Aston Villa came to Anfield and put in a strong performance right from the off, however only doing enough to earn a draw when they may have been four or five up by half-time.
Liverpool’s abysmal first half added further misery to their recent outings in this fixture. At Anfield last season Aston Villa sat back in a 3-5-1-1 formation, with Andi Weimann slightly behind Benteke. They invited Liverpool into their trap and proved to be explosive on the counter-attack, as the young pair frightened the life out of Martin Skrtel and Daniel Agger.
Paul Lambert did things slightly different this year, going with a 4-3-3 which allowed him to utilise all three of his attacking assets in Agbonlahor, Weimann and a finally-scoring-again Benteke. This selection paid off for Lambert, with Agbonlahor grabbing two assists, one for Weimann and one for Benteke.
The shaded area on the tactics board indicates the zone of the pitch where Aston Villa first initiated their pressure – extremely high up the field in comparison to last season. Each press from the front three was supported by Delph and El Ahmadi providing a second wave of pressure, as well as the full backs (Betrand more so than Bacuna) getting tight to Sterling and Coutinho.
This pressure rattled Liverpool, who couldn’t settle into their passing game as fluidly as they would have hoped. As a result, not one of the starting eleven had a good first half – simple passes wouldn’t sit right, and the ball was given away on a regular basis. Here was how they lined up:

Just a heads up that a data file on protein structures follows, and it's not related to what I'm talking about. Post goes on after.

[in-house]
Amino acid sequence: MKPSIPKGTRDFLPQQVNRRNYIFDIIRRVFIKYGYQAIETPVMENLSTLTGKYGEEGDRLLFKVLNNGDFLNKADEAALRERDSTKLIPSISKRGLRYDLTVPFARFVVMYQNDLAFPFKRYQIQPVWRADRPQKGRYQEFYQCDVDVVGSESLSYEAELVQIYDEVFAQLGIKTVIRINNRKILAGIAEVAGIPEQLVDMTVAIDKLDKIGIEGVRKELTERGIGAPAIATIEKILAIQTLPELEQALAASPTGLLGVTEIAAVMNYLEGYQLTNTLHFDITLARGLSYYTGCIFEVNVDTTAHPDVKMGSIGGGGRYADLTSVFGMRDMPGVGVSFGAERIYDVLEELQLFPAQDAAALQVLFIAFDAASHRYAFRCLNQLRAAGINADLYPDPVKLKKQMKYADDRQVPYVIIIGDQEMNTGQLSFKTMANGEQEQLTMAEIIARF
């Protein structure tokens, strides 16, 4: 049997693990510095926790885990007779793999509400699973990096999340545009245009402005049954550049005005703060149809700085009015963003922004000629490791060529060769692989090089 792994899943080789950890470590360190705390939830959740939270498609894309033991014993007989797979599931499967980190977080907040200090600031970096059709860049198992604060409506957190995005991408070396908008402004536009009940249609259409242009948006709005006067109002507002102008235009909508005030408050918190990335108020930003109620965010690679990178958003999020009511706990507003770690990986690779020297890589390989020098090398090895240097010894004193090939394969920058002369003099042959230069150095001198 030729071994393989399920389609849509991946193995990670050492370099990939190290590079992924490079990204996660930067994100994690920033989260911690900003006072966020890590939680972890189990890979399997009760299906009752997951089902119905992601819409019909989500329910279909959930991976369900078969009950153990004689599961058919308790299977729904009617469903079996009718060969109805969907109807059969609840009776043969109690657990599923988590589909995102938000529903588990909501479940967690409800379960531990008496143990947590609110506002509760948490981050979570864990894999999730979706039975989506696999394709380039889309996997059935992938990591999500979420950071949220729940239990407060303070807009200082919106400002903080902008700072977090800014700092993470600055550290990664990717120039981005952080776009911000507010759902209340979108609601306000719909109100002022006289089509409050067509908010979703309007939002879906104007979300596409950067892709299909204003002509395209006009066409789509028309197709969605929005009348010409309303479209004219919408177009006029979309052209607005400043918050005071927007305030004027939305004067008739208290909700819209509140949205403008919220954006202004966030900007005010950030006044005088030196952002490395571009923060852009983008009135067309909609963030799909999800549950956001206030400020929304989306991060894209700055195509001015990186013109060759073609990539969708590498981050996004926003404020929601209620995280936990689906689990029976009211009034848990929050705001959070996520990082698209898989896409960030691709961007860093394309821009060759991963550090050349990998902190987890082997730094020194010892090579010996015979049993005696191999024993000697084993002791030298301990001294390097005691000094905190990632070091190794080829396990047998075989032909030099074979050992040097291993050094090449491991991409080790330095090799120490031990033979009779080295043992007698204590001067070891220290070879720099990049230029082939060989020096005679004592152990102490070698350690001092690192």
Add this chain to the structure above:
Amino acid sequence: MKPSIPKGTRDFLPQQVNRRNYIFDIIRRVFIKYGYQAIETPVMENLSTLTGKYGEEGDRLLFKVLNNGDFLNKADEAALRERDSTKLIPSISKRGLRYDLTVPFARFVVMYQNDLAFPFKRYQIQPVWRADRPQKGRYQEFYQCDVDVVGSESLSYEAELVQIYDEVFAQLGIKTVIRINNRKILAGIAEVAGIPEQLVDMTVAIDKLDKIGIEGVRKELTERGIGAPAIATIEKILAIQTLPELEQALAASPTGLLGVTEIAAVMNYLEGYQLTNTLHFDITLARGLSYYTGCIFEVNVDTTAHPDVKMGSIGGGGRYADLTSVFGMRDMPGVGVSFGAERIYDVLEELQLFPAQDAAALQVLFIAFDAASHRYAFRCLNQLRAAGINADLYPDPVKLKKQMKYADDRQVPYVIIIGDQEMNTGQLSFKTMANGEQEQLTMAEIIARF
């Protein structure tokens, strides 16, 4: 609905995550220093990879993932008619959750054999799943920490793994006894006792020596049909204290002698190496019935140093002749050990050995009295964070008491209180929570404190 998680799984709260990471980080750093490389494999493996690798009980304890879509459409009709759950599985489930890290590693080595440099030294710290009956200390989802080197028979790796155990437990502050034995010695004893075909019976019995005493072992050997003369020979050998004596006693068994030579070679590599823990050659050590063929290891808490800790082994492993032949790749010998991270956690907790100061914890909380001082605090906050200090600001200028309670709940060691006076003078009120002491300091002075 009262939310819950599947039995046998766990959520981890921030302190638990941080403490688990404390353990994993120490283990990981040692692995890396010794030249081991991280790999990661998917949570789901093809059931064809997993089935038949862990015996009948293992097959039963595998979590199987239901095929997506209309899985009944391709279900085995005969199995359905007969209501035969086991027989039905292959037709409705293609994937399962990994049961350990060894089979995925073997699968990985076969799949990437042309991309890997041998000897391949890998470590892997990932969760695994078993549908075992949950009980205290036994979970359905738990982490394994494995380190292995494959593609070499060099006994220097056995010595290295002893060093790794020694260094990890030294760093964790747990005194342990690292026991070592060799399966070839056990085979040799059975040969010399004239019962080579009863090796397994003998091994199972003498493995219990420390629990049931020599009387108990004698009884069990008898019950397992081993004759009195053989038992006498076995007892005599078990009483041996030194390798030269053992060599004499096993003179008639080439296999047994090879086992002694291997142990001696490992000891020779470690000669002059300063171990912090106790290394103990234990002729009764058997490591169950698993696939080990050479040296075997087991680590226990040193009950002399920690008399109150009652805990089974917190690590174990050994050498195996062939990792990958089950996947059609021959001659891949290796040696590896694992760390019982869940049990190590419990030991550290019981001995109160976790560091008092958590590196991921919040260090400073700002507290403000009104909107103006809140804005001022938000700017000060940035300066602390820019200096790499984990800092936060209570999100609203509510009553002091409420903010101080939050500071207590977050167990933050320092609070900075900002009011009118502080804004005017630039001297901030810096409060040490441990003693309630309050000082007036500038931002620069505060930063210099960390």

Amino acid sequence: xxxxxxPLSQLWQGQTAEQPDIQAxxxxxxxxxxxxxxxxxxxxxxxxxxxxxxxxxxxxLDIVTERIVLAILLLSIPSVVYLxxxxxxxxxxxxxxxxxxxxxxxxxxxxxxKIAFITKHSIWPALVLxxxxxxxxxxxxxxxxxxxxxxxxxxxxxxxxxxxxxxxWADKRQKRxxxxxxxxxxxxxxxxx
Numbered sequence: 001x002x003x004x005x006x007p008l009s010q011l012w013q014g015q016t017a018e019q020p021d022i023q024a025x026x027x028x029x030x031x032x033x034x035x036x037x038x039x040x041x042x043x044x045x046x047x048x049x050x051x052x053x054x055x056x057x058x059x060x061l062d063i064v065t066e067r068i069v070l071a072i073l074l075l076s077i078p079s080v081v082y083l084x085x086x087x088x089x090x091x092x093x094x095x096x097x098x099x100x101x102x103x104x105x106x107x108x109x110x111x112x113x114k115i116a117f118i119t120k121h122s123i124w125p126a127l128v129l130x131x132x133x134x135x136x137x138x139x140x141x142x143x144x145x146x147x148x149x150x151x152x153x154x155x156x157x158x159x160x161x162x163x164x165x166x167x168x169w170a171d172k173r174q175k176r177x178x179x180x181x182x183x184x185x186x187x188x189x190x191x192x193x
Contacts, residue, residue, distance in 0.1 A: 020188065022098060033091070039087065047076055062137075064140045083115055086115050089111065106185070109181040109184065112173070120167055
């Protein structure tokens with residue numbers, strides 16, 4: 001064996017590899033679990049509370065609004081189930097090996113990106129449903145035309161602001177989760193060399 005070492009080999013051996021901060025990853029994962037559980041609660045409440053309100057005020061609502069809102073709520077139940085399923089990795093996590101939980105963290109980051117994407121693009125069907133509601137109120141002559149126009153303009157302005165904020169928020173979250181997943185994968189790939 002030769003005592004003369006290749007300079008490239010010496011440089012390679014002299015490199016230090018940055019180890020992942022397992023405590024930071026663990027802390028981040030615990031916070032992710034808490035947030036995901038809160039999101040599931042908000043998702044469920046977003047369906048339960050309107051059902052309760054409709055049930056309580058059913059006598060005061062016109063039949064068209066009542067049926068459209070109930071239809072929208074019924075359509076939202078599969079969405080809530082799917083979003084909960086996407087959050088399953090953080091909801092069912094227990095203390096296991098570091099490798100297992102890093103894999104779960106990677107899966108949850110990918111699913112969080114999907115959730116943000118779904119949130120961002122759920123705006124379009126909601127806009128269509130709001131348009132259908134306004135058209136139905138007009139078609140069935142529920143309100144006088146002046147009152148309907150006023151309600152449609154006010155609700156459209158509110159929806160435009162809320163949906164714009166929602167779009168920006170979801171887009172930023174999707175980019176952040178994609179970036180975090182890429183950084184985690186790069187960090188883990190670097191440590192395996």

Rodgers went with 4-4-2 as predicted to reunite Daniel Sturridge and Luis Suarez up front. Gerrard and Henderson started as a two in midfield, with Gerrard slightly more reserved and deeper between the two centre-backs. Meanwhile, as described by Rodgers before the game, Henderson would have a bit more licence and look to make his penetrating runs through the middle to be a threat from midfield.
As for the movement of Sturridge and Suarez, they would look to pull out into wide areas, drop deep to receive, and also make runs around and beyond each other with the connection they have been continuously strengthening.
None of this went to plan for Rodgers in the first half, and it was an agonising watch for Liverpool fans, for whom the first Aston Villa goal was ever-looming straight from kick-off. Despite Sturridge pulling one back before the whistle, it was obvious at half-time that Rodgers would have to make changes, and that he did.
A very poor performance from Philippe Coutinho on the left saw him withdrawn and replaced with Lucas Leiva, who was unfortunate not to start. A key problem in the first half with Gerrard in the holding role was an inability to hold onto the ball with so much Villa pressure, which meant Liverpool couldn’t retain possession and build fluidity. Lucas coming into this position provided more solidity, passes that were more carefully chosen, and also gave Gerrard the freedom his game thrives on higher up the field.
Unfortunately for Lucas, it was only 21 minutes later that he was stretchered off with another knee problem, and was replaced by Joe Allen – a player capable of fulfilling the same duties as Lucas to a similar degree. Henderson meanwhile was playing a hybrid role on the left side of the midfield. He combined his protective duties in the wide areas with the bursting central runs he usually makes from his position in the midfield 3.